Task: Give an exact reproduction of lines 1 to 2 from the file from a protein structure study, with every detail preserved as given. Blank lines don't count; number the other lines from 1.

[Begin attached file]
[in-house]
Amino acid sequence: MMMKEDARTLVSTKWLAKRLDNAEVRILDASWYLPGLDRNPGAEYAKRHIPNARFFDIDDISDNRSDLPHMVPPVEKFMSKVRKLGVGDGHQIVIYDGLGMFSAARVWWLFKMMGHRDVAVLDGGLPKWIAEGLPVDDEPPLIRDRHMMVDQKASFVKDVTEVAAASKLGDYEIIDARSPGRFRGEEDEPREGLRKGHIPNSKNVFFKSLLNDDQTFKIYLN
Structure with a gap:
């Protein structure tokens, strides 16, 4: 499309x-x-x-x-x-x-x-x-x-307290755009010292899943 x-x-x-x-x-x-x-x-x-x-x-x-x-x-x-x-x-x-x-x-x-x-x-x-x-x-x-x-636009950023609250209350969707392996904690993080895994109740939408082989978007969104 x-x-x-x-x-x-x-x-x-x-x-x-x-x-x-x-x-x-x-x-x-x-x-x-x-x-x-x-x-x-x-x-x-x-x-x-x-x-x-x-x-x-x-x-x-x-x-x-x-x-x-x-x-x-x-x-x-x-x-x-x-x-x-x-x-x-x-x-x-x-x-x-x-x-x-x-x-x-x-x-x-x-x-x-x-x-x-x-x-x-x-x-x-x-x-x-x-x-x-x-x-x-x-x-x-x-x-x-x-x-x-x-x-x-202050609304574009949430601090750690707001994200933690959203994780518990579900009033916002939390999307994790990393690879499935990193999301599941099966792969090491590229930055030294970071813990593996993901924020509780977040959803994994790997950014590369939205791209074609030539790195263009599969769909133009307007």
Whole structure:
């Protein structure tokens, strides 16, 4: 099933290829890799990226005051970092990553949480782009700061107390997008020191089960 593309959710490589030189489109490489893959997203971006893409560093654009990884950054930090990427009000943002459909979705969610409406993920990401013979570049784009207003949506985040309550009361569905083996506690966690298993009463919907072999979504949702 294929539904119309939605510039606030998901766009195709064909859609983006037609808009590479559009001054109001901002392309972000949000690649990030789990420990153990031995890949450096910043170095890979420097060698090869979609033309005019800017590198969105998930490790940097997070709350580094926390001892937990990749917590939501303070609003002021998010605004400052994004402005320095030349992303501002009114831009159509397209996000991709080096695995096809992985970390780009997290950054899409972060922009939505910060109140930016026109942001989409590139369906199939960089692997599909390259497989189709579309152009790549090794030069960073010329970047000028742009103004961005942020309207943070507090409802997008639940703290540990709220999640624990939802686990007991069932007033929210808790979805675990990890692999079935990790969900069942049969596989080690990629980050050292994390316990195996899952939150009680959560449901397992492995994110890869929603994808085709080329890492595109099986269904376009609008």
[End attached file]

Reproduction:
[in-house]
Amino acid sequence: MMMKEDARTLVSTKWLAKRLDNAEVRILDASWYLPGLDRNPGAEYAKRHIPNARFFDIDDISDNRSDLPHMVPPVEKFMSKVRKLGVGDGHQIVIYDGLGMFSAARVWWLFKMMGHRDVAVLDGGLPKWIAEGLPVDDEPPLIRDRHMMVDQKASFVKDVTEVAAASKLGDYEIIDARSPGRFRGEEDEPREGLRKGHIPNSKNVFFKSLLNDDQTFKIYLN